+ "targetNamespace".length();
      start = xmlWSDL.indexOf("\"", start);
      int end = xmlWSDL.indexOf("\"", start+1);
      version = xmlWSDL.substring(start+1, end);
    }
    catch (Exception e)
    {
      e.printStackTrace();
    }
    return version;
  }

  private static void trustAllHttpsCertificates()
    throws NoSuchAlgorithmException, KeyManagementException
  {
    TrustManager[] trustAllCerts = new TrustManager[1];
    trustAllCerts[0] = new TrustAllManager();
    SSLContext sc = SSLContext.getInstance("SSL");
    sc.init(null, trustAllCerts, null);
    HttpsURLConnection.setDefaultSSLSocketFactory(
        sc.getSocketFactory());
  }

  private static class TrustAllManager
    implements X509TrustManager
  {
    public X509Certificate[] getAcceptedIssuers()
    {
      return null;
    }
    public void checkServerTrusted(X509Certificate[] certs,
        String authType)
      throws CertificateException
    {
    }
    public void checkClientTrusted(X509Certificate[] certs,
        String authType)
    throws CertificateException
    {
    }
  }

  public static void main(String[] args)
  {
    String ver = getTargetNameSpace("10.20.143.205");
    System.out.println("ver:" + ver);
  }
}

Compatibility

Can the applications developed with 2.0 still work with the newer VI product? Yes. The newer version of VI supports both the current and older versions of WSDL generated stubs.

Because the application still uses the old interfaces, they cannot, however, retrieve the new properties and call the newly added methods. So how can you access new properties and methods?

There could be two different solutions. First, rewrite the application to the newer version of SDK. Then the application no longer works with lower versions of VI platforms. For example, the application built on top of SDK 2.5 does not work with ESX 3.0 or VirtualCenter 2.0.

The second solution is to keep the old code as it is and choose to access new properties and new methods after detecting that the target is newer. Of course, the logic could be more complicated and the code could be less straightforward. But the gain would be application compatibility, which allows it to work with both older and newer versions of VI.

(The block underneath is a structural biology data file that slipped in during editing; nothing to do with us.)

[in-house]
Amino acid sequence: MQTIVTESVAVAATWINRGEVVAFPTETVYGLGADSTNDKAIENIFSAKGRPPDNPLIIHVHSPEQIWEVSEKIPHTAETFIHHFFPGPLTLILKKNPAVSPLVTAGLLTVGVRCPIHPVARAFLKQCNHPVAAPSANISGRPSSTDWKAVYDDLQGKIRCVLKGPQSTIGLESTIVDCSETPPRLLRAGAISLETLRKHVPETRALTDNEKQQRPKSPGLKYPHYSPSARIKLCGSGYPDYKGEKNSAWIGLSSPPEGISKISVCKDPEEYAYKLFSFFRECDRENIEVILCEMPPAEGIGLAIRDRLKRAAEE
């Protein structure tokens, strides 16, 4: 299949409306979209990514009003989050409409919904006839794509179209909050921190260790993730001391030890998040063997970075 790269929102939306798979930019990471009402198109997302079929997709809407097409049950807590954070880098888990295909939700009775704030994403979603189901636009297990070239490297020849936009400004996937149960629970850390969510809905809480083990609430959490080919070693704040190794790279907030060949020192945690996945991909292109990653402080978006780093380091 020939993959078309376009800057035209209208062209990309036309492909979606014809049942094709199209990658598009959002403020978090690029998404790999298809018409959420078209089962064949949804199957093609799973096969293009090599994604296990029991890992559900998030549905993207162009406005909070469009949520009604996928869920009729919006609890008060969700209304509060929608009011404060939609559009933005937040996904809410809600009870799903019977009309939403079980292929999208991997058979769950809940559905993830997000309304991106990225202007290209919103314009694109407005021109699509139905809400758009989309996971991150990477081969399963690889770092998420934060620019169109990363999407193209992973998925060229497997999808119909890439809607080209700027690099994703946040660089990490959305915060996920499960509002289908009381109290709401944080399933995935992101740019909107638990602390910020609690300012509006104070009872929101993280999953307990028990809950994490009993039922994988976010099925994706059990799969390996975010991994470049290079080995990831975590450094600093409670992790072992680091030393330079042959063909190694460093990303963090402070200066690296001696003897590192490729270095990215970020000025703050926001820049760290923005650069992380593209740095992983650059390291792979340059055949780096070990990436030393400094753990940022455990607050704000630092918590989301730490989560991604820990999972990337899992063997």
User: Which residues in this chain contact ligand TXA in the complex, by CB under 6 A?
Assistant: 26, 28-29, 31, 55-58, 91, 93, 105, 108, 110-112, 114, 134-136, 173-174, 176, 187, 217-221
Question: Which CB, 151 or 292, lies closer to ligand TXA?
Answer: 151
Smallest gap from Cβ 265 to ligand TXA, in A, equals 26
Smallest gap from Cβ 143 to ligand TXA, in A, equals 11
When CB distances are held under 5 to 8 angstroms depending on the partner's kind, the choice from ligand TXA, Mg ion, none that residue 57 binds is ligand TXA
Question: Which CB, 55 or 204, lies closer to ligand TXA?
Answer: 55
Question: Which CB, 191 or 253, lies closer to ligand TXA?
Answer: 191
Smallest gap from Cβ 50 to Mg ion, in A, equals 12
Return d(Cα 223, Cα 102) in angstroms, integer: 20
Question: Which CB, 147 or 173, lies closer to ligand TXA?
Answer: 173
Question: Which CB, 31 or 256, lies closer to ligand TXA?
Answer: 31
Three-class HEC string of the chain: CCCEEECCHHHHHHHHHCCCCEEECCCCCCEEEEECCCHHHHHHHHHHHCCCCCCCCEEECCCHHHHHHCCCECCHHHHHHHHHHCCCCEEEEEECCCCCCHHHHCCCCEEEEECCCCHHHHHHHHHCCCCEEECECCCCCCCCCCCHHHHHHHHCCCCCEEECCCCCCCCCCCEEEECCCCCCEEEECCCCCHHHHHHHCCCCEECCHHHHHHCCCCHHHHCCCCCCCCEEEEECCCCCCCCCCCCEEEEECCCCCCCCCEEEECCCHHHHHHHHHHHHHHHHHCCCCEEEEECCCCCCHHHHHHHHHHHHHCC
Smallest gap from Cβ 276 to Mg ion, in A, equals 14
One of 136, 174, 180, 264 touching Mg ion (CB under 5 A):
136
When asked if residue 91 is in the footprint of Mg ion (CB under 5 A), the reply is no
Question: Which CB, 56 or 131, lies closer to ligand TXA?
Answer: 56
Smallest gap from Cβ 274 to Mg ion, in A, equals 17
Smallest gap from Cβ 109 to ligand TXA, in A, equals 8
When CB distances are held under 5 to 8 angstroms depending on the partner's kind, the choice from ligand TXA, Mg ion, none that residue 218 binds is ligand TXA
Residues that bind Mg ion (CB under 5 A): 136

In the second solution, to access the newly defined properties or methods, you must convert the old ManagedObjectReference to the newer ManagedObjectReference. Because the definitions are the same except for the package name and name space, the conversion is straightforward. With the new MOR object, you can retrieve new properties and invoke new methods.

API Deprecation

With the evolution of the VI SDK, some of the interfaces are deprecated in favor of new ones. As a simple naming convention, the new interfaces normally have an Ex suffix in their names. For example, the old interface to create a cluster was createCluster(), and the new interface is createClusterEx().

These new interfaces normally come with new data objects with similar Ex suffixes. The createClusterEx() method, for example, has a new parameter type ClusterConfigSpecEx instead of ClusterConfigSpec for the old method.

Because of interface changes, some of the managed objects might have new properties of new types. For instance, the ComputeResource has a configrationEx property of ClusterConfigInfoEx.

Although for compatibility reasons the new interfaces are still supported, you should use the new interfaces especially for new development for better compatibility and more features.

Note that not all the deprecated methods have replacements. The destroyNetwork() method is such a case. When the network is no longer in use, the system removes it automatically like the garbage collection in Java, thereby making it unnecessary.